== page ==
In a paper published on Jan. 3rd on the preprint platform bioRxiv, Yunlong Cao’s research team revealed the reasons for the increased transmission of the Omicron XBB.1.5 strain.
XBB.1.5 is a subvariant of the recombinant mutant strain XBB.
It is currently spreading rapidly in the United States.
Compared to XBB.1, BQ.1.1, and other strains under the XBB spectrum, XBB.1.5 has an additional mutation site (Ser486Pro) on the stinger protein.
Researchers collected recovery plasma samples from patients who developed breakthrough infection with BA.1, BA.5 or BF.7 after 3 doses of Coxin vaccine and assessed the 50% neutralization titer (NT50) of plasma against XBB.1 and XBB.1.5.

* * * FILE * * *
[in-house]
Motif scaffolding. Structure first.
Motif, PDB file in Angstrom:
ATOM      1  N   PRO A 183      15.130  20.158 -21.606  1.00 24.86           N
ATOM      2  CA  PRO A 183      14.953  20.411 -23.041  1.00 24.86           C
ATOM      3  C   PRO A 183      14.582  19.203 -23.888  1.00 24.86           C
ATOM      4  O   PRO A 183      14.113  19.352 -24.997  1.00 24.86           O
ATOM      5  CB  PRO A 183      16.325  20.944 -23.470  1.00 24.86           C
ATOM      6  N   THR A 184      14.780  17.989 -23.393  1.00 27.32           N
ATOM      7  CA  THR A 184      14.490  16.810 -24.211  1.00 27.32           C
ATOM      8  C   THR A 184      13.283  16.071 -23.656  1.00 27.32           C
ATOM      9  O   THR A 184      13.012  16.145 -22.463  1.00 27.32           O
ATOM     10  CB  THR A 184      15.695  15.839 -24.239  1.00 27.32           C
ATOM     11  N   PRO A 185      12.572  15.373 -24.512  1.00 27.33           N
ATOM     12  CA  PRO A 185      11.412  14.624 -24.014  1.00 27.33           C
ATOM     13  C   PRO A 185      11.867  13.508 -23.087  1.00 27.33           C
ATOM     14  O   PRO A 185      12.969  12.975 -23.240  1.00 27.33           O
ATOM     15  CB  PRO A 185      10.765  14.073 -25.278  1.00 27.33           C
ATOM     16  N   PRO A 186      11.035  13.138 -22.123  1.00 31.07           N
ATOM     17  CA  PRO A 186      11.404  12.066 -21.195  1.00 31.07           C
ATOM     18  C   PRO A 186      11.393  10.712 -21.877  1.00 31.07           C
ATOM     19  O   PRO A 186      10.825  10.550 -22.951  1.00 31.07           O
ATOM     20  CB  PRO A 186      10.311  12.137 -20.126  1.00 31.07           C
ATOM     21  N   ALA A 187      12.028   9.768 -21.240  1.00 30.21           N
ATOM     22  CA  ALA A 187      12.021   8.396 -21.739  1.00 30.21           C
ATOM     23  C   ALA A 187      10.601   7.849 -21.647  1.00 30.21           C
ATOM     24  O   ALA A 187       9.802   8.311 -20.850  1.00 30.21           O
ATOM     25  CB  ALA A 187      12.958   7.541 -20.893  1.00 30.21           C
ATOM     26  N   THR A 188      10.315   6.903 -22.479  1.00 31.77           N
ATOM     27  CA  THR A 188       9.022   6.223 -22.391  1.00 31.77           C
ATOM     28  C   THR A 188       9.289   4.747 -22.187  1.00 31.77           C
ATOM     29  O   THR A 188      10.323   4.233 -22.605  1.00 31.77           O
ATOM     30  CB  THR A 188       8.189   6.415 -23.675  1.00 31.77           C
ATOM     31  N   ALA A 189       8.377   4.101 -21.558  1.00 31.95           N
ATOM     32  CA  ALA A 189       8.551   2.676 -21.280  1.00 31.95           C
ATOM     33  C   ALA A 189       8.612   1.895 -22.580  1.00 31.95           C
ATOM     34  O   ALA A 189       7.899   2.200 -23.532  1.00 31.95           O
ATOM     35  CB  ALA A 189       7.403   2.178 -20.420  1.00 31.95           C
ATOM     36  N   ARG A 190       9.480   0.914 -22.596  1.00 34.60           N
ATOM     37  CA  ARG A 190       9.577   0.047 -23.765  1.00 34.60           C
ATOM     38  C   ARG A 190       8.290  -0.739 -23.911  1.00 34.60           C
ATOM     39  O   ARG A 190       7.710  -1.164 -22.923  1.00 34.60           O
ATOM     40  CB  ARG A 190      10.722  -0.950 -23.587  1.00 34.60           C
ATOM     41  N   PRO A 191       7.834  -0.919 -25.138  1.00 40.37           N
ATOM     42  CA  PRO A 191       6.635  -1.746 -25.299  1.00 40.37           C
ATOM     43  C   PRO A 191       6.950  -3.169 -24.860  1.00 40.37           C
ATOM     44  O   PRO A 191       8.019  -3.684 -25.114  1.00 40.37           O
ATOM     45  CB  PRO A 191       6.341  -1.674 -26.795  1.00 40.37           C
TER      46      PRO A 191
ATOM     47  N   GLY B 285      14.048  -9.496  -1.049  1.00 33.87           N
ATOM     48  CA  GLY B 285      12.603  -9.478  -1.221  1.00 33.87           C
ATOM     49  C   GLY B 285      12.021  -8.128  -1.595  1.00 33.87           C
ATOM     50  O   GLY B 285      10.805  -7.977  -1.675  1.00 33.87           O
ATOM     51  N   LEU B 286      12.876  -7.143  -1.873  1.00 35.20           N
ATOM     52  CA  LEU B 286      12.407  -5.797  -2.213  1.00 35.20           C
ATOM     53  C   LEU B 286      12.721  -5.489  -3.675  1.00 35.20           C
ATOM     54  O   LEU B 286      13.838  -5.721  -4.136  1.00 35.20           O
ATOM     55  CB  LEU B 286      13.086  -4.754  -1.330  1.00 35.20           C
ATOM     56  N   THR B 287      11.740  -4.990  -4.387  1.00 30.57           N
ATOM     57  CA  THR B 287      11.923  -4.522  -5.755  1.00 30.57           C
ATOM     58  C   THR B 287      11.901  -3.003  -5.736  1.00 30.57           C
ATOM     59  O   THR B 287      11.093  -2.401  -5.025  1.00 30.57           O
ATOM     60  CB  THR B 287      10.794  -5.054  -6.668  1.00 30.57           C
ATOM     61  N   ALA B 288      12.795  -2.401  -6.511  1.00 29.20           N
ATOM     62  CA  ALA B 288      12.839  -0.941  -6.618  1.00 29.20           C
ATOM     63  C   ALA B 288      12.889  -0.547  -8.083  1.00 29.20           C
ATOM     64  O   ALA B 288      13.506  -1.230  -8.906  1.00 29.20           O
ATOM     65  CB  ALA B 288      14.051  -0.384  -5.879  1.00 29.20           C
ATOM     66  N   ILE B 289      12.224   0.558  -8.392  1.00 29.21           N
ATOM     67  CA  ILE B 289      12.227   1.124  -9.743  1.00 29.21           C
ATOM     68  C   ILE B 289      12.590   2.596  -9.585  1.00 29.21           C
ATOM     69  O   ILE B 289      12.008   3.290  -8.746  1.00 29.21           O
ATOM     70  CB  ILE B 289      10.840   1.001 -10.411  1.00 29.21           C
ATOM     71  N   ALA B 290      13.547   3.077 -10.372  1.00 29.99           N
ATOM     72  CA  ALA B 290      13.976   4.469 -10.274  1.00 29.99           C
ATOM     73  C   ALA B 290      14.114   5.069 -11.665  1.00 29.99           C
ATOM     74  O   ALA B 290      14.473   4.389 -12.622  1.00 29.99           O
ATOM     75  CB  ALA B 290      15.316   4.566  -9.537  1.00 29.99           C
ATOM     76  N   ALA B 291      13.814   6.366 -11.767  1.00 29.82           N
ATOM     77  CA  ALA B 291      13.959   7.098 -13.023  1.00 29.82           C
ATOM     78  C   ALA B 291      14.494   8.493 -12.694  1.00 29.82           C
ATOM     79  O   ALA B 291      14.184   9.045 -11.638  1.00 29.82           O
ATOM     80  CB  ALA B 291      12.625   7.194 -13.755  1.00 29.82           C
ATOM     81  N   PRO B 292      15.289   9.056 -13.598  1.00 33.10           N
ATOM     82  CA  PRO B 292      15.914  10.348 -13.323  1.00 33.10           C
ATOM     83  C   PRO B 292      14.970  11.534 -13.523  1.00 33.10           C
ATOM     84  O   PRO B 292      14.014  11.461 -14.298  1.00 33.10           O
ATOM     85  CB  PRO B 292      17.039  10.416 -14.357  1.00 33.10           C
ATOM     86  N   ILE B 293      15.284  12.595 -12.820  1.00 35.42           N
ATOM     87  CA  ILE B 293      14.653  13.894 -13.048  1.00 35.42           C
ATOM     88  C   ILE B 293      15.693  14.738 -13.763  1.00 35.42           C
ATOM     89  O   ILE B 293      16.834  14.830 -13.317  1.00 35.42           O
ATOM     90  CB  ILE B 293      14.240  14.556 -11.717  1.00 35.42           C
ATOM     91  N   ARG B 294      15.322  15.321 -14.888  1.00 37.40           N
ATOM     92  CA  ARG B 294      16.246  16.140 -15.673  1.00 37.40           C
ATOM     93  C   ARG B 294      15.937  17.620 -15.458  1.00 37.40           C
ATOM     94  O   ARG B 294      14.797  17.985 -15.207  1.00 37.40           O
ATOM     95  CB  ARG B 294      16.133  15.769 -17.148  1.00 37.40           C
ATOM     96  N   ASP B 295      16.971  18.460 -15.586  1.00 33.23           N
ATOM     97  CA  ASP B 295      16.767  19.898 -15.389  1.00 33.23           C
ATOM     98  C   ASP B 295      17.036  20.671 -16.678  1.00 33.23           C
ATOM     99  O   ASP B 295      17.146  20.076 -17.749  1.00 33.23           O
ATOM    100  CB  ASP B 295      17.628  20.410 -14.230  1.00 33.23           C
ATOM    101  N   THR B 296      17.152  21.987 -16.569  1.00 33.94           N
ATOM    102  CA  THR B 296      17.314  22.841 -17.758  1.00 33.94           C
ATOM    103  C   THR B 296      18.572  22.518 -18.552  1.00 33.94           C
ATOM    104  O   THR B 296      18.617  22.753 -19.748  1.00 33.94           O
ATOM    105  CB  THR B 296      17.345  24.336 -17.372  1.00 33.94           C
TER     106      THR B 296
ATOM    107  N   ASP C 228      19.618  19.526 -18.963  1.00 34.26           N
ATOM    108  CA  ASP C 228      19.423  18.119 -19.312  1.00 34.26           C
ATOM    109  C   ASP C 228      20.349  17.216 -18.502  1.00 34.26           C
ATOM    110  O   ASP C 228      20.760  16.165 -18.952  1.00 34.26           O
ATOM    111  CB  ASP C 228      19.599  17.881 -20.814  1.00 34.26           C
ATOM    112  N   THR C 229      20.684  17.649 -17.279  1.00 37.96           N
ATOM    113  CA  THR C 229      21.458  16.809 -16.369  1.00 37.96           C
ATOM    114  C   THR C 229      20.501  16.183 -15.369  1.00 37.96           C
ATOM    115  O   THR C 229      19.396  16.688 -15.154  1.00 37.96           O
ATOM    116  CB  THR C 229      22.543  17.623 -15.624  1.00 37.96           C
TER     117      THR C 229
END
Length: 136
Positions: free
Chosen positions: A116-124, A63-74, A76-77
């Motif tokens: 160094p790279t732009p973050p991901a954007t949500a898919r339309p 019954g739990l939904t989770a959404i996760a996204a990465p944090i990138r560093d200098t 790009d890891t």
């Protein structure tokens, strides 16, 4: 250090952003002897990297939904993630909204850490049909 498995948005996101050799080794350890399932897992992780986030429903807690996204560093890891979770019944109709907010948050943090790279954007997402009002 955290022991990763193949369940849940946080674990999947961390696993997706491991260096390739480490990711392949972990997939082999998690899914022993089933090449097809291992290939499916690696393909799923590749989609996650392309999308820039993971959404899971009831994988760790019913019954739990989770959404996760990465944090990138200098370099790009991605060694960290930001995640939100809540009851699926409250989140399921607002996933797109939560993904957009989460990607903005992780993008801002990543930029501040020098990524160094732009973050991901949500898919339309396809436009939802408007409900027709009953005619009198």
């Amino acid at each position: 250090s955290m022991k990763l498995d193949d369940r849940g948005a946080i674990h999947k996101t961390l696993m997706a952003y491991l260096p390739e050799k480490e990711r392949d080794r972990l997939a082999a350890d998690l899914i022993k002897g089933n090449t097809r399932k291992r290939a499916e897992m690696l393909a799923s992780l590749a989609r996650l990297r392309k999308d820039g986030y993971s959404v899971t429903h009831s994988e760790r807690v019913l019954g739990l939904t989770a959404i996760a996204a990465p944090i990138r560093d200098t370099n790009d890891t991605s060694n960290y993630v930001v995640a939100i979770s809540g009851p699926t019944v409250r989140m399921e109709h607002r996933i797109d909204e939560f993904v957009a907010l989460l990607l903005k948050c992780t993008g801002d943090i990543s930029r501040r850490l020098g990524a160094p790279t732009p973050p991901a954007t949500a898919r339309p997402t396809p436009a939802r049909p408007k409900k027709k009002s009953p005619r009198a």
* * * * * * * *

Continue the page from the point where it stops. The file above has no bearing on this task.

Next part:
The study showed that compared to B.1, plasma samples from BA.5 breakthrough infections had 44-fold and 39-fold lower NT50 against XBB.1 and XBB.1.5, respectively, and plasma samples from BF.7 breakthrough infections had 31-fold and 27-fold lower NT50, respectively.
This also showed that XBB.1 and XBB.1.5 could significantly escape the neutralization of antibodies in plasma, with XBB.1.5 having a slightly weaker immune escape than XBB.1.
They also found that XBB.1.5 had a stronger affinity for hACE2 than the BQ.1.1 and XBB/XBB.1 strains.
In addition, the antibodies Evusheld and Bebtelovimab were unable to neutralize XBB.1/XBB.1.5, and Sotrovimab was less neutralizing, although SA55 remained effective.
It was shown that the increased affinity of XBB.1.5 and receptor binding does result in a greater infection advantage.